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What Is the Suboxone Spit Trick?

The Suboxone spit trick allows the active ingredients in Suboxone to be absorbed, and the rest to be spit out. It can be used once the medication has completely dissolved under the tongue, and the person wishes to spit out the extra residue in an effort to reduce side effects. 

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Why Do People Use the Suboxone Spit Trick?

Suboxone is a highly effective medication for the treatment of opioid use disorder (OUD). It comes in the form of a sublingual tablet or film, meaning it is placed under the tongue and absorbed. It works by significantly reducing the severity of withdrawal symptoms as well as cravings for opioids. [1]

Once placed under the tongue, the Suboxone film or tablet begins to dissolve. The medication is absorbed into the bloodstream, and a slight residue is left behind. The residue does not contain any further medication and can be spit out. There is no point in swallowing the residue, as it no longer contains any Suboxone. 

A reason people may choose to use the Suboxone spit trick is to reduce the likelihood of developing unpleasant side effects. Common side effects of Suboxone include the following:[2]

  • Nausea and vomiting
  • Headache
  • Constipation
  • Drowsiness and fatigue
  • Dry mouth
  • Aches and pains throughout the body

The residue of a Suboxone film is essentially a waste product of the medication. By spitting it out rather than swallowing it, the risk of the above side effects may be reduced. The spit trick allows maximum benefit of the Suboxone while reducing the likelihood of negative side effects. 

Is One Method Safer Than The Other?

The Suboxone spit trick can be used with both strips and tablets.

Suboxone is a combination of buprenorphine and naloxone that was approved by the U.S. Food and Drug Administration in 2002 for the treatment of opioid addiction. The same combination of buprenorphine and naloxone is also available as a sublingual tablet. Both methods of treatment are considered safe to take for the long-term management of OUD.[3]

The spit trick can be used with both sublingual tablets and films in an effort to reduce side effects while still achieving the maximum treatment benefits. Swallowing the spit residue does not increase the effectiveness of the medications, though you should be entirely sure all of the medication has dissolved under your tongue before you spit out the residue. This ensures you won’t miss any of the positive benefits of Suboxone.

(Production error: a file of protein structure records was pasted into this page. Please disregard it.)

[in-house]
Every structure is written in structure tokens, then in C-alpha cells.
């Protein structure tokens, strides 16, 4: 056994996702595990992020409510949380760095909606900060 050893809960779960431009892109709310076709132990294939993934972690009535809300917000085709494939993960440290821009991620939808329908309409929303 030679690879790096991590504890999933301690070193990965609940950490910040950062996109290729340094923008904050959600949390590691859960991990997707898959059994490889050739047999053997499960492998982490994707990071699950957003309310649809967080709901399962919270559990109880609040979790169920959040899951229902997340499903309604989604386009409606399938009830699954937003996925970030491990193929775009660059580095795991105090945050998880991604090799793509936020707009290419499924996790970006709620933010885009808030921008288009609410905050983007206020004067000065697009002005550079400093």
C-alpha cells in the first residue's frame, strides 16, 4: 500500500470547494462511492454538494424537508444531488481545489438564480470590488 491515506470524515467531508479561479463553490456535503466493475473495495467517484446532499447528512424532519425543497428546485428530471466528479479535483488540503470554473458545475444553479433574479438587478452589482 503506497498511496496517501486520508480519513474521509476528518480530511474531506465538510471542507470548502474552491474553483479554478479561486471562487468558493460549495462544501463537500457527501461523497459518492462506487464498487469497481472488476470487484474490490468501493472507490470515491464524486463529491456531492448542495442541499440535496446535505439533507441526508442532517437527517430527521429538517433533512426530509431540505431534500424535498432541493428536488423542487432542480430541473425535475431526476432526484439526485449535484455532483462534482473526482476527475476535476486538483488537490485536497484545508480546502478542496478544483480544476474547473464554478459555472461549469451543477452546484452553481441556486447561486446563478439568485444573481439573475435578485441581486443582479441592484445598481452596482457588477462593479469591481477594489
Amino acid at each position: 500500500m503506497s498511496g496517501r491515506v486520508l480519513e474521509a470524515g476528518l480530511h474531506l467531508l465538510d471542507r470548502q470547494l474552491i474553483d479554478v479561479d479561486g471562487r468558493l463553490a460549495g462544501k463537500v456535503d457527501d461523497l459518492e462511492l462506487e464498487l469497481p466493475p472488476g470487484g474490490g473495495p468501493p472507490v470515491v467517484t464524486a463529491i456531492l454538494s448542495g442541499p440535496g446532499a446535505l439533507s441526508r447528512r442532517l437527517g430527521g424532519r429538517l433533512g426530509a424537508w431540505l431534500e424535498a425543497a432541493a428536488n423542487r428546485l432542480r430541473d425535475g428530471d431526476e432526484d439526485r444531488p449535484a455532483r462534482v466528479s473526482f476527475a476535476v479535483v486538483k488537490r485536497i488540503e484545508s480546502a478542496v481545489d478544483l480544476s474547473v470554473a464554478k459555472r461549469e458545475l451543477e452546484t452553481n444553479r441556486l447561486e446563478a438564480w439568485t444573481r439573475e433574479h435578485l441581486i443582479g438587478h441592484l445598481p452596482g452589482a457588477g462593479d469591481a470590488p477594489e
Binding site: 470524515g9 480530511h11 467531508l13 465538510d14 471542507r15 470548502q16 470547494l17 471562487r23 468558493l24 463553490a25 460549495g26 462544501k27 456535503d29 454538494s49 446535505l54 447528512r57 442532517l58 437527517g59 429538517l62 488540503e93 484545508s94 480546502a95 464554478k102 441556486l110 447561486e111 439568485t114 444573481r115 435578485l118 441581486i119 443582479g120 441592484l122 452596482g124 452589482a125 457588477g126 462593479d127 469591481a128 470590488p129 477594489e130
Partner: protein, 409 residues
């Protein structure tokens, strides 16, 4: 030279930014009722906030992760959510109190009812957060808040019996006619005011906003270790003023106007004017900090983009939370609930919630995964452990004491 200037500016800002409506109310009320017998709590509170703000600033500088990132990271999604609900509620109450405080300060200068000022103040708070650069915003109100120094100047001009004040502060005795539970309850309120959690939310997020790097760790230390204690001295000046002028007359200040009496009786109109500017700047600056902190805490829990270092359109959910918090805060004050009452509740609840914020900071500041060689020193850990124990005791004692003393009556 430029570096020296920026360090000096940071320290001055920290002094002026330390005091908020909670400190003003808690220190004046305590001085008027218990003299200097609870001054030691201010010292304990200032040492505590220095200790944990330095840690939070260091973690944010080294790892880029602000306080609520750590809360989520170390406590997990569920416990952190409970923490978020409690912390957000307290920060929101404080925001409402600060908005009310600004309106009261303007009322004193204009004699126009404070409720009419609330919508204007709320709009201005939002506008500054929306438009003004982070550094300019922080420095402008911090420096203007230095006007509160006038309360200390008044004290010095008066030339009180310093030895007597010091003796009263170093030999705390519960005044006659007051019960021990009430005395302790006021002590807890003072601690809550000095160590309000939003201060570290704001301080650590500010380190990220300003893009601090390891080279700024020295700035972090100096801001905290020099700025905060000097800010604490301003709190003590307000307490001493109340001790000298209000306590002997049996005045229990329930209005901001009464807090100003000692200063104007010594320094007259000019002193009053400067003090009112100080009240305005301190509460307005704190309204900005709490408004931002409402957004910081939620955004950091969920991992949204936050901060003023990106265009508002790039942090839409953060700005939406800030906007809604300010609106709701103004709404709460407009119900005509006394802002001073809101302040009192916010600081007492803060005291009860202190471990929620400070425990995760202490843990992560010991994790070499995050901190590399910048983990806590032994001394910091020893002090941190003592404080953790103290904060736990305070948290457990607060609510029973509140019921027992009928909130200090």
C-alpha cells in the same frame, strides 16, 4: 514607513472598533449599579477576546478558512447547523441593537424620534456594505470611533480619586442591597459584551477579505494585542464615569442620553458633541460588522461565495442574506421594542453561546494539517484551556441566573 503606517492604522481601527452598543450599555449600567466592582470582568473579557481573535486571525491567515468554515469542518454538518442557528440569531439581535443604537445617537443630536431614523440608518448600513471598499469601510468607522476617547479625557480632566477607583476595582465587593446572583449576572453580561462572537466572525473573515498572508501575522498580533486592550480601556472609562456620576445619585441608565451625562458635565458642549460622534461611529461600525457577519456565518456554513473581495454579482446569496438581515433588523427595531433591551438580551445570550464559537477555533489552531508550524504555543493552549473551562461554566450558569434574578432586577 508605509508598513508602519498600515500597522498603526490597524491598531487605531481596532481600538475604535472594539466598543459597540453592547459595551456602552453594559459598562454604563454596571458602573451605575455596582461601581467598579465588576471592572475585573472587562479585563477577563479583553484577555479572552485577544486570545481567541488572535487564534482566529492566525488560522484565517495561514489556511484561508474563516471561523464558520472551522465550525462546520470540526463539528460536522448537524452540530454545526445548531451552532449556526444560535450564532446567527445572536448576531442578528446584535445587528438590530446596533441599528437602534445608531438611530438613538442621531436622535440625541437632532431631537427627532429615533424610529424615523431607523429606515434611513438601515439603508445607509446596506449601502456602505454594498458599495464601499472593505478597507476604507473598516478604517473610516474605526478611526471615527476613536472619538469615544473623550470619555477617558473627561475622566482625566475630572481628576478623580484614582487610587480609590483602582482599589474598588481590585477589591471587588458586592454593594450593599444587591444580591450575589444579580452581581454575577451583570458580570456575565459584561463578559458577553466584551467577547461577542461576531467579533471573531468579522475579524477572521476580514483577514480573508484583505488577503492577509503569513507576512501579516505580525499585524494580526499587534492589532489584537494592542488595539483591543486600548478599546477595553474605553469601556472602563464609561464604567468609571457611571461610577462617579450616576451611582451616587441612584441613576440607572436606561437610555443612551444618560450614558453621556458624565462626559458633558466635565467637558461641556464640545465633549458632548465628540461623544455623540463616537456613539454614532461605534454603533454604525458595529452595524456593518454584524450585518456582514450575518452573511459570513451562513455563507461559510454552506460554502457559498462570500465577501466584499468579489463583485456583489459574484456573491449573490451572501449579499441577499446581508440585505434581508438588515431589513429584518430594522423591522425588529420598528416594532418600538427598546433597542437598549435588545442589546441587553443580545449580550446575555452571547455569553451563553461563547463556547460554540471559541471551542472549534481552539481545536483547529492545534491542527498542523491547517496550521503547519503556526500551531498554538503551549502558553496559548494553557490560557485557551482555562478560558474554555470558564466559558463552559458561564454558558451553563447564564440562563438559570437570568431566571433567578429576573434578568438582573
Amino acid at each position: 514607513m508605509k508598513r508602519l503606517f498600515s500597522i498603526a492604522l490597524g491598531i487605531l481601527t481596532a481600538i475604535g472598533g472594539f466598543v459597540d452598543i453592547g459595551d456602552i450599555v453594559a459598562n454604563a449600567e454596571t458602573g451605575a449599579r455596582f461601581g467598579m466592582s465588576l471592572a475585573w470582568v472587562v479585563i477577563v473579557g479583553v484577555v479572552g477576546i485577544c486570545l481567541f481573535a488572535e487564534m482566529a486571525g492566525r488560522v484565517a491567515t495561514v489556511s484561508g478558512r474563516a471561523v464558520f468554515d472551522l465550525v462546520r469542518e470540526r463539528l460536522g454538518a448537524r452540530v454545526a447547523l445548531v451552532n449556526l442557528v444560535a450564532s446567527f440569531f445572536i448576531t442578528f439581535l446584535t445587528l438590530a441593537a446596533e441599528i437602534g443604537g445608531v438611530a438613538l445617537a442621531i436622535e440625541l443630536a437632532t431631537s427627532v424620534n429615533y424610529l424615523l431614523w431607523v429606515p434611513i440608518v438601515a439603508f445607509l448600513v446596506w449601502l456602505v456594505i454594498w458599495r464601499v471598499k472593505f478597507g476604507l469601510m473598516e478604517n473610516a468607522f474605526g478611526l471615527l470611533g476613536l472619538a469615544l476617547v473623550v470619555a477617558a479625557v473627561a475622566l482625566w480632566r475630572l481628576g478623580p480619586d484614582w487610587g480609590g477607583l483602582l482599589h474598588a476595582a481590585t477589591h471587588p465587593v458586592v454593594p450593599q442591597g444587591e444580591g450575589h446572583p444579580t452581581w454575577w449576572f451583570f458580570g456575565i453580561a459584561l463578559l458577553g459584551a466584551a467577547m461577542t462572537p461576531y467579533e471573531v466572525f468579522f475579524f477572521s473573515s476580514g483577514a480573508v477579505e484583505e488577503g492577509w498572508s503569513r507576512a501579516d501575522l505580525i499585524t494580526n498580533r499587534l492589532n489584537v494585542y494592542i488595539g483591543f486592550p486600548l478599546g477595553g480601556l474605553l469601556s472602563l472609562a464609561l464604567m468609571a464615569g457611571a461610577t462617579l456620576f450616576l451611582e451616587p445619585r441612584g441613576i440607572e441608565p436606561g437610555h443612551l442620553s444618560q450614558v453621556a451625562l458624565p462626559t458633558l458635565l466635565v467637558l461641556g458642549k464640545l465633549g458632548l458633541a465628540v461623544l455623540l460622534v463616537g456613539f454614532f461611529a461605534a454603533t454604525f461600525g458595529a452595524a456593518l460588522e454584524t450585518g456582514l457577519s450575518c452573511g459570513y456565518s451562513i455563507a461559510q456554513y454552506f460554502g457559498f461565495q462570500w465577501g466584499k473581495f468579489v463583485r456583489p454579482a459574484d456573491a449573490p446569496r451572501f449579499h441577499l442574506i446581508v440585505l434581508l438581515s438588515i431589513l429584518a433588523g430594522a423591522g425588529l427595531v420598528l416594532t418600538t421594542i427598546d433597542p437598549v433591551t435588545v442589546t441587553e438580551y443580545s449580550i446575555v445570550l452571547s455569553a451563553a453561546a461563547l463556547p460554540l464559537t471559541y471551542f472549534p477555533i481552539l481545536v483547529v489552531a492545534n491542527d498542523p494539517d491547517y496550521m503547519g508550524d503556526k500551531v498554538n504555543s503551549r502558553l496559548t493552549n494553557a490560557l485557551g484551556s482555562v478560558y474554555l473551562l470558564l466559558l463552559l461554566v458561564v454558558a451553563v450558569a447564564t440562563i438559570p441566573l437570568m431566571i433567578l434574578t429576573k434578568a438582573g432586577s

Part of a Comprehensive Treatment Program

To make Suboxone the most beneficial, it should be used while participating in behavioral and psychological counseling. Suboxone has been approved as a component of medication-assisted treatment (MAT), meaning it is meant to be taken in conjunction with participation in therapy. Suboxone use alone is unlikely to produce long-lasting behavioral changes that will encourage sustained recovery.[1] 

Both sublingual films and tablets that contain buprenorphine and naloxone are safe when taken as directed by a healthcare provider as part of an MAT program. Engaging in therapy increases their efficacy and reduces the likelihood of complications, such as relapse or dependence on the medications. 

If you’re uncertain if you are doing the Suboxone spit trick correctly or about any aspect of your MAT program, talk to your prescribing doctor or another member of your treatment team.

Updated April 2, 2024
  1. Buprenorphine/naloxone (Suboxone). National Alliance on Mental Illness. Published January 2016. Accessed March 28, 2024.
  2. Buprenorphine. Substance Abuse and Mental Health Services Administration. Published March 8, 2024. Accessed March 18, 2024.
  3. Poliwoda, S., Noor, N., Jenkins, J., Stark, C., Steib, M., Hasoon, J., Varrassi, G., Uritus, I., Viswanath, O., Kaye, A., and Kaye, A. Buprenorphine and its formulations: a comprehensive review. Health Psychology Research. 2022;10(3).
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